In the political unrest that has swept across the Arab region in , all eyes have been on the streets and squares erupting in protest. But for the past four years, Shereen El Feki has been looking at upheaval a little closer to home - in the sexual lives of men and women across the Arab world. The result is Sex and the Citadel, an informative, insightful and engaging account of a highly sensitive and still largely secret aspect of Arab society. Sex might seem a strange lens with which to examine change in the Arab world; it is, in fact, a prism with which to refract the region's complex social spectrum.
In the Arab Bedroom: The Sex Life of Arabs
Sex and the Citadel: Intimate Life in a Changing Arab World
From pregnant virgins to desperate housewives, from fearless activists to religious firebrands, this title takes a fresh look at the sexual history of the Arab region and gives us an insight into everyday lives in a part of the world that is changing in front of our very eyes. Please allow us hours to prepare your order. Due to the coronavirus pandemic, delivery times can vary, we aim to keep you updated if delivery time is longer than expected. We are happy to provide a refund or voucher of equal value where the goods are returned within 21 days of purchase unused, in original condition, accompanied by proof of purchase.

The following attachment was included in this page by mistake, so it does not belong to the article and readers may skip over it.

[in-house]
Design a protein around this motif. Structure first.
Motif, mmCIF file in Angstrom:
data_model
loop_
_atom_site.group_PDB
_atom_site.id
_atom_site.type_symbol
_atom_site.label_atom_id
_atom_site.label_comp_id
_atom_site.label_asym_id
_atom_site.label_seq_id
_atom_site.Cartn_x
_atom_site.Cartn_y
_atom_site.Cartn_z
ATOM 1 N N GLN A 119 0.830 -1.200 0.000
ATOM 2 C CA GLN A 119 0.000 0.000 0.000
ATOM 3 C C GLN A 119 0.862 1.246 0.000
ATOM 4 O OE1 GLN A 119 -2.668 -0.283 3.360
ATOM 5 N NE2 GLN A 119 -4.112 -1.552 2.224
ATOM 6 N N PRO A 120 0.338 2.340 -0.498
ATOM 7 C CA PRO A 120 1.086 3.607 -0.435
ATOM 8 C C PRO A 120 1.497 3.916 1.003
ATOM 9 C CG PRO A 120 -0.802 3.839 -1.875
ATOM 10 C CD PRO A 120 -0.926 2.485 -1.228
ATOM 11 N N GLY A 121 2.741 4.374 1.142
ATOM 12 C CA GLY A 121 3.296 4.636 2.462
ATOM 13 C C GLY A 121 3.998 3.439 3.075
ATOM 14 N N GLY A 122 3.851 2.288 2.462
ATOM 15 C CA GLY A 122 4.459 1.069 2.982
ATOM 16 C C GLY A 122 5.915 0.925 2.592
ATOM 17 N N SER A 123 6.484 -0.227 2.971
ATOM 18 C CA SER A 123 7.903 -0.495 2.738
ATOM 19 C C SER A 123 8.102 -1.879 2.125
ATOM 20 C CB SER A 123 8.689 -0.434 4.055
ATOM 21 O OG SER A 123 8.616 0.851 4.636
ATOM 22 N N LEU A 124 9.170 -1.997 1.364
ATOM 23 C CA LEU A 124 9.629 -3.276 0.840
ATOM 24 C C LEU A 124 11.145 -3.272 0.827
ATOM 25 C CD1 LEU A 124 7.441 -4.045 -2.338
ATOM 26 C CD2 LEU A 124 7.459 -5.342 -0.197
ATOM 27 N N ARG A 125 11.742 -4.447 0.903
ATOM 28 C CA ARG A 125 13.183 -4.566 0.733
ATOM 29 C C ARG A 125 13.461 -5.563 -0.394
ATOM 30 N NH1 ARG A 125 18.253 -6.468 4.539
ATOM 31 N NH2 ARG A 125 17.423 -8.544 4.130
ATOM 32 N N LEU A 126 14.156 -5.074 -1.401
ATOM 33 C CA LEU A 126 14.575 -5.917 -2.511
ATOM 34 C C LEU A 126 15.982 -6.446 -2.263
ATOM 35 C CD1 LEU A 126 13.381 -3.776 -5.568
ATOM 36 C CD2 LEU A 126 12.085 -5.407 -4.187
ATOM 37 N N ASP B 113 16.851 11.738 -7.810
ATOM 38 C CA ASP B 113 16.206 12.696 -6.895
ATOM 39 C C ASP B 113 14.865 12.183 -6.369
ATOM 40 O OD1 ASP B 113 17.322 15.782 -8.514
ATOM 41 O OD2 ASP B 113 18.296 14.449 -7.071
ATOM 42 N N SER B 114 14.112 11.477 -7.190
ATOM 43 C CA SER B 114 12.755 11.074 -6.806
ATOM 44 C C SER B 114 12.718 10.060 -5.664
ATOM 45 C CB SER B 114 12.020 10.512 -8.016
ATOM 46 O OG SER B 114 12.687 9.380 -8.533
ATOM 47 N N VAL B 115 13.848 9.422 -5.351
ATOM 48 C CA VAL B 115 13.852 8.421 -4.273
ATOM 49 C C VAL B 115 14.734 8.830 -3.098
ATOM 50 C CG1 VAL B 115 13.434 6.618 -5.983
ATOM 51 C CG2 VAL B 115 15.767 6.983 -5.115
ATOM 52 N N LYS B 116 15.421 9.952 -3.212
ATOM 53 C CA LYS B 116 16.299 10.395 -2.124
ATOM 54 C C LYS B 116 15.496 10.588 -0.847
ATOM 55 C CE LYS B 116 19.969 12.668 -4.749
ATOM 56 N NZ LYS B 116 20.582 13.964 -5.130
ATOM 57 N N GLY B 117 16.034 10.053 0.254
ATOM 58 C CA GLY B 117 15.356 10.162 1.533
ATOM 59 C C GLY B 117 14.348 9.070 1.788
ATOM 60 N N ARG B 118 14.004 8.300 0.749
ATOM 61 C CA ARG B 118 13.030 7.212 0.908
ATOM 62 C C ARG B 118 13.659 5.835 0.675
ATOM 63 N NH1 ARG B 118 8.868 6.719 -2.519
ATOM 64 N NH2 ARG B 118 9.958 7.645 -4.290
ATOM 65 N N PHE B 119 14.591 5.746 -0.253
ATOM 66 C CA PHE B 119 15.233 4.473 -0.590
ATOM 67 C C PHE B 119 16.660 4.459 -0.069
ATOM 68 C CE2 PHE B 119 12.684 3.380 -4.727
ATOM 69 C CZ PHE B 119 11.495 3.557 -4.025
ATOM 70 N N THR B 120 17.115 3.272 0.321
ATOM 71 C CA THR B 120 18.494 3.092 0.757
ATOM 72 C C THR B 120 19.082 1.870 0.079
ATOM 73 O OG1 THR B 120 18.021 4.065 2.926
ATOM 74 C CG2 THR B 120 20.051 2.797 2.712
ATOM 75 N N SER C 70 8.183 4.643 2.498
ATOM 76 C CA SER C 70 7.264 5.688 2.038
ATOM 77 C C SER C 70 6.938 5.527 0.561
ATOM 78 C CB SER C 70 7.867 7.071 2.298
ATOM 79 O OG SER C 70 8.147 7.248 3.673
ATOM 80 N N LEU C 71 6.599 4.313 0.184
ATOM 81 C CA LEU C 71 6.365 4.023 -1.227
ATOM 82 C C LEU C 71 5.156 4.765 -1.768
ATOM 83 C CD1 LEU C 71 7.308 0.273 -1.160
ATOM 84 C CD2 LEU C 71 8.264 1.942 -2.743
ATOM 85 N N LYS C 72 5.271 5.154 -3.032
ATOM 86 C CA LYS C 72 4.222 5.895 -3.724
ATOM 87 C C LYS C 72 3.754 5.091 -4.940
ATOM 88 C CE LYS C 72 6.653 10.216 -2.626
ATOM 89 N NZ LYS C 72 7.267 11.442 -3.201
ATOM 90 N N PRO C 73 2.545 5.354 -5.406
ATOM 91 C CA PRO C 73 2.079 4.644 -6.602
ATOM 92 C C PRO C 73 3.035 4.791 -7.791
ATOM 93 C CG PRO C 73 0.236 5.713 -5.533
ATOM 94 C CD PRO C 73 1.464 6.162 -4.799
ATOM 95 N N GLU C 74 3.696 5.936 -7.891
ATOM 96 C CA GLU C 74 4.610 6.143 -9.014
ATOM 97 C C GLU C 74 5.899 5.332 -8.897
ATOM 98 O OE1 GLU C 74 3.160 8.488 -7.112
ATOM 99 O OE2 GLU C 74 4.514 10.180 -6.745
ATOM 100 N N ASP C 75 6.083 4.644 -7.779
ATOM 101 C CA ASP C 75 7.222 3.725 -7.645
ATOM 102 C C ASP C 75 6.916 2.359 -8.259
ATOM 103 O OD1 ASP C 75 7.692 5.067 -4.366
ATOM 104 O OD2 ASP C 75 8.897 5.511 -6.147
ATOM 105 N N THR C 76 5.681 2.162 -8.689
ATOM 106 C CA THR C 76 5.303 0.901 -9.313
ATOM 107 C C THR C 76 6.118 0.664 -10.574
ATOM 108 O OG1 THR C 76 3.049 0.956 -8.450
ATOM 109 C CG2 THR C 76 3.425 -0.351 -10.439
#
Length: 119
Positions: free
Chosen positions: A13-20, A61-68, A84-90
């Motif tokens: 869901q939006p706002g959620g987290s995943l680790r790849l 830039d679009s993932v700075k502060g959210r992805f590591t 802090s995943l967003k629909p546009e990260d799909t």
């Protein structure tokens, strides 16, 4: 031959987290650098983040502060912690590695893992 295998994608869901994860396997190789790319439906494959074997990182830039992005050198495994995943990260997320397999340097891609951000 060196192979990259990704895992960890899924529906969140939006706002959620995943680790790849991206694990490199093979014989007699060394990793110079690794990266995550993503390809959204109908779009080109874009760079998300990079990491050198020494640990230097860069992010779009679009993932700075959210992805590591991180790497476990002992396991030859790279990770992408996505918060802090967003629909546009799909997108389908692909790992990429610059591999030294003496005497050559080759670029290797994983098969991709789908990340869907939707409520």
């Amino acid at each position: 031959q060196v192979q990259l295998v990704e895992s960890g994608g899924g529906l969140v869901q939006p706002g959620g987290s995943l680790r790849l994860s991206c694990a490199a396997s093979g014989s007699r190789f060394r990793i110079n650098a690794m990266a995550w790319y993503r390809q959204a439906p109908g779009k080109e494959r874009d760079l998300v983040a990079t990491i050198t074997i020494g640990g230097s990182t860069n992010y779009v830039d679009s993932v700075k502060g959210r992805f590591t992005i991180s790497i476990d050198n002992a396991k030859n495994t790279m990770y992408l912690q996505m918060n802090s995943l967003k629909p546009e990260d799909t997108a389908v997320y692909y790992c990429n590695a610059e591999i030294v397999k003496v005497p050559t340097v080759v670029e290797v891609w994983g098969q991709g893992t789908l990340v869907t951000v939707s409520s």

Talking about sex no longer so taboo in the Arab world
El Feki enlightened the audience to a surprising history lesson of sex in the Arab region:. But if we go back a millennium, the criticism of Arab cultures and Islamic culture was that it was too sexed up. My message in the book is that when Arabs were at the height of their civilisation; their political, economical and social power, they were at ease in their sexual skin. And that is not a coincidence. Explaining why she decided to address this issue, El Feki revealed the darker side to her project:.
The initial hypothesis of the researchers was that the different languages and the different readership of these magazines would be major factors accounting for possible differences. Fifteen articles from the relationship advice sections of each magazine were selected for this study. Both semantic and latent approaches were used in the analysis of themes in order to analyse not just what is foregrounded by these texts but also what is backgrounded or omitted. However, there are some subtle differences in how these themes are expressed in the magazines. This fact clearly illustrates the need for a more nuanced discussion on gender and sexuality in the Middle East in order to minimise the perpetuation of stereotypical constructs of Arab women.